Wednesday, January 07, 2009

Oh yes I can make bread, thank-you-very-much

bread bread bread

I tried my hand last year at making homemade bread, and in my first attempts, was quite impressed with myself. But then I realized the bread I had made was not the famous no-knead bread, and while it was wonderful, and easy, in many ways, I wanted to try my hand at the famous.

A crusty outer shell with big pockets inside of the bread are the hallmarks of the no-knead bread. I’m happy to say I achieved it. Thanks to my new Martha Stewart enamel clad cast iron oval 8 quart dutch oven. Say that three times fast. Best part? Got it 60% off at the Macy’s day-after-Christmas sale. Bada boom!

my pretty new pot

So here’s the thing. I started this bread the night before. Super easy. Mix it up and let it sit. Not in a cold drafty place, but in a place where warmth can coax goodness into it. I opted for the under the cabinet lights. Thank you very much kitchen remodel. Little did I know that the under cabinet lights would eventually serve to rise bread for me.

No-Knead Bread
Yields one 1 1/2 pound loaf

3 cups all-purpose or bread flour, more for dusting
¼ teaspoon instant yeast
1¼ teaspoons salt
Cornmeal or wheat bran as needed.

1. In a large bowl combine flour, yeast and salt. Add 1 5/8 cups water, and stir until blended; dough will be shaggy and sticky. Cover bowl with plastic wrap. Let dough rest at least 12 hours, preferably about 18, at warm room temperature, about 70 degrees.

2. Dough is ready when its surface is dotted with bubbles. Lightly flour a work surface and place dough on it; sprinkle it with a little more flour and fold it over on itself once or twice. Cover loosely with plastic wrap and let rest about 15 minutes.

3. Using just enough flour to keep dough from sticking to work surface or to your fingers, gently and quickly shape dough into a ball. Generously coat a cotton towel (not terry cloth) with flour, wheat bran or cornmeal; put dough seam side down on towel and dust with more flour, bran or cornmeal. Cover with another cotton towel and let rise for about 2 hours. When it is ready, dough will be more than double in size and will not readily spring back when poked with a finger.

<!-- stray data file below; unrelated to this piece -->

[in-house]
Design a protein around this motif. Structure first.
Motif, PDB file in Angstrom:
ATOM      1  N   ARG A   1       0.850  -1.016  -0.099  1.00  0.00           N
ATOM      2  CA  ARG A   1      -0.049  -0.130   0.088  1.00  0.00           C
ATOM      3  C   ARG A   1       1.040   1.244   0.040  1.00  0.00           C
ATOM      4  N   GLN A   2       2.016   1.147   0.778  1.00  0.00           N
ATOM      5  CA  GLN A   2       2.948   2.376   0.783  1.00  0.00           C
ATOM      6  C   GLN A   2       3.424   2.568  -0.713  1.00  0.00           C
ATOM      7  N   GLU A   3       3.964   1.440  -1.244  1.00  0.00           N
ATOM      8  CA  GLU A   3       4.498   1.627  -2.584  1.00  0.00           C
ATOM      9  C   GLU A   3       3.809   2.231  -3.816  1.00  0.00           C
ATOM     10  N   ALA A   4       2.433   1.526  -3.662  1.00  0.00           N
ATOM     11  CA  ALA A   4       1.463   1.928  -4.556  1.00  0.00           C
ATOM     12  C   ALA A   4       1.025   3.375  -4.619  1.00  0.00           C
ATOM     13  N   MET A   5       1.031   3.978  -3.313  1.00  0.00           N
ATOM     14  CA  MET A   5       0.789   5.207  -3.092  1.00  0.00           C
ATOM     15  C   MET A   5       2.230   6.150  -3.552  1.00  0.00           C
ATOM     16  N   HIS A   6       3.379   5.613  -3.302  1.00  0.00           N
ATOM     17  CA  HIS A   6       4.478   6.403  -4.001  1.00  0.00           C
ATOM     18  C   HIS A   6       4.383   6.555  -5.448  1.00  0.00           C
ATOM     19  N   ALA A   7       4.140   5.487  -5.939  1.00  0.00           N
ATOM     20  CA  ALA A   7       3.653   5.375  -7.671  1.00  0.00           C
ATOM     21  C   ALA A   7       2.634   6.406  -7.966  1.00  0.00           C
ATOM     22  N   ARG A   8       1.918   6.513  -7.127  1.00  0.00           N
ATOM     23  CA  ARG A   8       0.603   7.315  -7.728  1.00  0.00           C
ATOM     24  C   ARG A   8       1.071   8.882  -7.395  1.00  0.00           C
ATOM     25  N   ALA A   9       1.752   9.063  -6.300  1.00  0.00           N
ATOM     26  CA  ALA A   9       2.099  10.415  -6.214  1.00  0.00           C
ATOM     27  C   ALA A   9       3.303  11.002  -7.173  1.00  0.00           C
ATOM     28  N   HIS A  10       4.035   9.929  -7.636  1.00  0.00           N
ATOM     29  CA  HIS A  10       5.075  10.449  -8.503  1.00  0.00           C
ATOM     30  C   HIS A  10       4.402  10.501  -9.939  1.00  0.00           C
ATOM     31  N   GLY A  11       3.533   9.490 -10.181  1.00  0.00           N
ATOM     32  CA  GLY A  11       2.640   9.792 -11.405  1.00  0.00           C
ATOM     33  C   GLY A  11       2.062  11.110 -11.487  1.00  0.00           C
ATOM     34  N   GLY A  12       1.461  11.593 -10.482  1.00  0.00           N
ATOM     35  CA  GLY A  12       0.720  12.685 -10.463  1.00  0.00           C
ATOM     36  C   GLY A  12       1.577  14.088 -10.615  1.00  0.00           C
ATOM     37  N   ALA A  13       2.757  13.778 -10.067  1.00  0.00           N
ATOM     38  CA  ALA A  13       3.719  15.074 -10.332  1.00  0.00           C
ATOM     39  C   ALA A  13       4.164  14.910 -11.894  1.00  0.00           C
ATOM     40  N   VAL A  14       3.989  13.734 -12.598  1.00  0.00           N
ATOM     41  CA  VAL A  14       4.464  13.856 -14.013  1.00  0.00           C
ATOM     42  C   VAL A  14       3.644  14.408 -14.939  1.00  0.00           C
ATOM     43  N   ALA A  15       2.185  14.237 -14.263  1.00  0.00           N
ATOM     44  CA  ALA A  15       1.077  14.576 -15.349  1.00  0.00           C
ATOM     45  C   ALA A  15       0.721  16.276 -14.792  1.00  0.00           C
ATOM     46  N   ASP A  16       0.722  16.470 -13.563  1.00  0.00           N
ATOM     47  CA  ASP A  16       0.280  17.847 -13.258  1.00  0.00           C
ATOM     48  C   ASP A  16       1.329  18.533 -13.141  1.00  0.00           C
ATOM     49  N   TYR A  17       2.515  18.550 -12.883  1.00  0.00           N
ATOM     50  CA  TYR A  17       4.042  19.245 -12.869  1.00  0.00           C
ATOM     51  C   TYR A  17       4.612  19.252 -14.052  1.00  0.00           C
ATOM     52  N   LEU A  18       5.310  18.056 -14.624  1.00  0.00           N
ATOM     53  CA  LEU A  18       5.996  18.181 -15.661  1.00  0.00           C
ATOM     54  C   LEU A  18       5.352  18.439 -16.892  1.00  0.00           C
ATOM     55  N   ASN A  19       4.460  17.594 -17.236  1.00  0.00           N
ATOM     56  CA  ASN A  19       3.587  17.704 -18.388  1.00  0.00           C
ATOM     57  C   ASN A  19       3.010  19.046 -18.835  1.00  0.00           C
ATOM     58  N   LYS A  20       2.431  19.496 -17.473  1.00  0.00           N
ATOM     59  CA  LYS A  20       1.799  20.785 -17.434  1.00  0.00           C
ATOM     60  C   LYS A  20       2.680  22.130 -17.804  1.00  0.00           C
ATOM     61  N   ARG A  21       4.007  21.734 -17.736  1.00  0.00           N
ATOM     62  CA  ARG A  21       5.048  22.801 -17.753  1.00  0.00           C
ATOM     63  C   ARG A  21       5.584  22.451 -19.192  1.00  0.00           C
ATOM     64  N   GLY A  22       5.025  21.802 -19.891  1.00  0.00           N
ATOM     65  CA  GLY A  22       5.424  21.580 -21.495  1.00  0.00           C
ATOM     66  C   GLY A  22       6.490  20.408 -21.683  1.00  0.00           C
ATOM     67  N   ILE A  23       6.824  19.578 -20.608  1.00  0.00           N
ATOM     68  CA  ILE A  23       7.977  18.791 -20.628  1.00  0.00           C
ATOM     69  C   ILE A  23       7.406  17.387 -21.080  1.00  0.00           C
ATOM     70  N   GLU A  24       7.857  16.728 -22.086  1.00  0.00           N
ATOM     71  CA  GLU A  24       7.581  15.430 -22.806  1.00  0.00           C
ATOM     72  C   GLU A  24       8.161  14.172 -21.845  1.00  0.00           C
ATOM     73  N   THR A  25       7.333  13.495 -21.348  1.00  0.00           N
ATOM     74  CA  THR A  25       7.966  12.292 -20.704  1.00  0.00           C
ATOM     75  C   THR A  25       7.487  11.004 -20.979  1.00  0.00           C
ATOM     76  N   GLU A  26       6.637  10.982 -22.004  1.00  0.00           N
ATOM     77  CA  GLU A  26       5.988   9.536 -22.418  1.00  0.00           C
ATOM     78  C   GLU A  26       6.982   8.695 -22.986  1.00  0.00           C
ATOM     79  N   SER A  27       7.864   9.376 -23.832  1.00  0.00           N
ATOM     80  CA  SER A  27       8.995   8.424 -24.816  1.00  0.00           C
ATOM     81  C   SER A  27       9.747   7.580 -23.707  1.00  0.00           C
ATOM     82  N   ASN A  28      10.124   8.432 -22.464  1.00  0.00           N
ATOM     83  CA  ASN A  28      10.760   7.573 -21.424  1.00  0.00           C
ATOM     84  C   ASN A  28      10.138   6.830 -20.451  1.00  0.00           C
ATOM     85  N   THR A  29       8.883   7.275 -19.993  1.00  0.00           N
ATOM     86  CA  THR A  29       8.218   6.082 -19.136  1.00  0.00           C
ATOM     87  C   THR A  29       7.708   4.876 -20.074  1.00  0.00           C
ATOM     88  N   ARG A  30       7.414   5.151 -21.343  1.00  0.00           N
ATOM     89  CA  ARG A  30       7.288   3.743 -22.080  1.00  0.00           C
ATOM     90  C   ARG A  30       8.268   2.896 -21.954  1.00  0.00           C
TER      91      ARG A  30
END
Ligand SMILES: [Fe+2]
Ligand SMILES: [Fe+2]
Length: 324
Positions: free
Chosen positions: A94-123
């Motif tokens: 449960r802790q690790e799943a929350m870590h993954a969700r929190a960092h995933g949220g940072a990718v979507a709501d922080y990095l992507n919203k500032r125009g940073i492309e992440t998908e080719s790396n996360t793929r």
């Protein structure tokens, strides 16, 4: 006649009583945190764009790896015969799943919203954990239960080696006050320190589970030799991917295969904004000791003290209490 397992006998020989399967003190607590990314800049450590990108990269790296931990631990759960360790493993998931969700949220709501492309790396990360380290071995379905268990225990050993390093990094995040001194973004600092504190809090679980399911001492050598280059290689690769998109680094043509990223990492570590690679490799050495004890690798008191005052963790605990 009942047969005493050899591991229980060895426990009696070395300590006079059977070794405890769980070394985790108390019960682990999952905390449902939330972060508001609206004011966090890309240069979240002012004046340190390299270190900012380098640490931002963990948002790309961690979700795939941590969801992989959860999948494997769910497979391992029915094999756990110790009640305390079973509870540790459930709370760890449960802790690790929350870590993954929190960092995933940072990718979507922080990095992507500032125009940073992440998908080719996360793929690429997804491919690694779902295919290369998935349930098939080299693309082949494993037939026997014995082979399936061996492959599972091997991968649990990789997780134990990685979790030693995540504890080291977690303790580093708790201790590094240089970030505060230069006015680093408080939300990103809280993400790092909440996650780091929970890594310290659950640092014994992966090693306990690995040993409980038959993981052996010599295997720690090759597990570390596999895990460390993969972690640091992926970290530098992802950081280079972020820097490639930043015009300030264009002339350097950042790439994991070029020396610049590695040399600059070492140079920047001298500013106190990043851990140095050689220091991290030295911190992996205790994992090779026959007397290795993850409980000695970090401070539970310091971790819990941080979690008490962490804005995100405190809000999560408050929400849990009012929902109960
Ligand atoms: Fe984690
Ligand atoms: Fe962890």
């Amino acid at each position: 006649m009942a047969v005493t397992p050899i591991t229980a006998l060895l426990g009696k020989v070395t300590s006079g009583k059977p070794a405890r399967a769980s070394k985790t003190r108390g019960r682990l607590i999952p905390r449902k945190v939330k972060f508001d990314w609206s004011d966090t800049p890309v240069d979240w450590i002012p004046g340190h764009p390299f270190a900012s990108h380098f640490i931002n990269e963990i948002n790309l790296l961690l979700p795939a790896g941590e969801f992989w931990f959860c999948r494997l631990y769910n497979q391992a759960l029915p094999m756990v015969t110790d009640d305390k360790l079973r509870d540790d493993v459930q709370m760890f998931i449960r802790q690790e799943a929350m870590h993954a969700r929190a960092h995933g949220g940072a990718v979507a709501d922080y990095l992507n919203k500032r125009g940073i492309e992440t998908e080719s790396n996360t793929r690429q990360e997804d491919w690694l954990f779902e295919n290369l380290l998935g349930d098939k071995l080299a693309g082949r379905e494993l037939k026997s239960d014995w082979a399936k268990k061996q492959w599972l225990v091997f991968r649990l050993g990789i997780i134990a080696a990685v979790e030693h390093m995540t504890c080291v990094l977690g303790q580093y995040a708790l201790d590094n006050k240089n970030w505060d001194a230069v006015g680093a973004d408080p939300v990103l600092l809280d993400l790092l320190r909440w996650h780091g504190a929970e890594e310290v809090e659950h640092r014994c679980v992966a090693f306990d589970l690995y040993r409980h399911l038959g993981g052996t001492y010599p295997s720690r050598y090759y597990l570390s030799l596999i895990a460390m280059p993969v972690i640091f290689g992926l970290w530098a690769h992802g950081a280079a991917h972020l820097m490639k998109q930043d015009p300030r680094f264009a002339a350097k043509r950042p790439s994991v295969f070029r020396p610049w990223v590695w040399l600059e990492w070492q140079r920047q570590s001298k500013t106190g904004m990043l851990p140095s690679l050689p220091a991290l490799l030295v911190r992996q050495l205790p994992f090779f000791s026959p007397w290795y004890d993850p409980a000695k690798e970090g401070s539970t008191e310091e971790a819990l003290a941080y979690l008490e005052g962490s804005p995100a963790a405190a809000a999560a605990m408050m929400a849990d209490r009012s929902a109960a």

4. At least a half-hour before dough is ready, heat oven to 450 degrees. Put a 6- to 8-quart heavy covered pot (cast iron, enamel, Pyrex or ceramic) in oven as it heats. When dough is ready, carefully remove pot from oven. Slide your hand under towel and turn dough over into pot, seam side up; it may look like a mess, but that is OK. Cover with lid and bake 30 minutes, then remove lid and bake another 15 to 30 minutes, until loaf is beautifully browned. Cool on a rack.


Anonymous said...

Is there anything you cannot do, woman? I get hungry every time I stop by. Cheese, bread, and I still remember those awesome pizza pictures.

Back to my bowl of cold cereal.

Landlady of Fat said...

Ok what's funny is that I spent most of the day looking for an easy breadmaker recipe.

Weird. :)

Tricia said...

Was it good?

bemused said...

Okay, that does it! I'm stopping by every day for dinner at your house.

I used to do as you do; try my hand at various recipes, treating friends and spouse as guinea pigs. Then I had kids, picky eater kids. Damn, what good are kids if you can't experiment on them? They are, at last, almost at the state where I can once again let my kitchen creativity fly (I'm hoping I can find it again, it's been so long buried).

Anonymous said...

YES yes. We love the no-knead bread... I came to miss all the guess work, patience, tedious labor of regular breads that I haven't made on in a while. It's FLAVOR though cannot be beat, and I think I feel a loaf being made soon here.

Rozanne said...

Completely beautiful. And I know it was tasty. I may have to try it. You are right, this is about the only time of year to stay inside and bake!

Cher said...

I love that bread! I think I made it for two weeks straight last year. If you have a Lodge pot, that works wonderfully as well.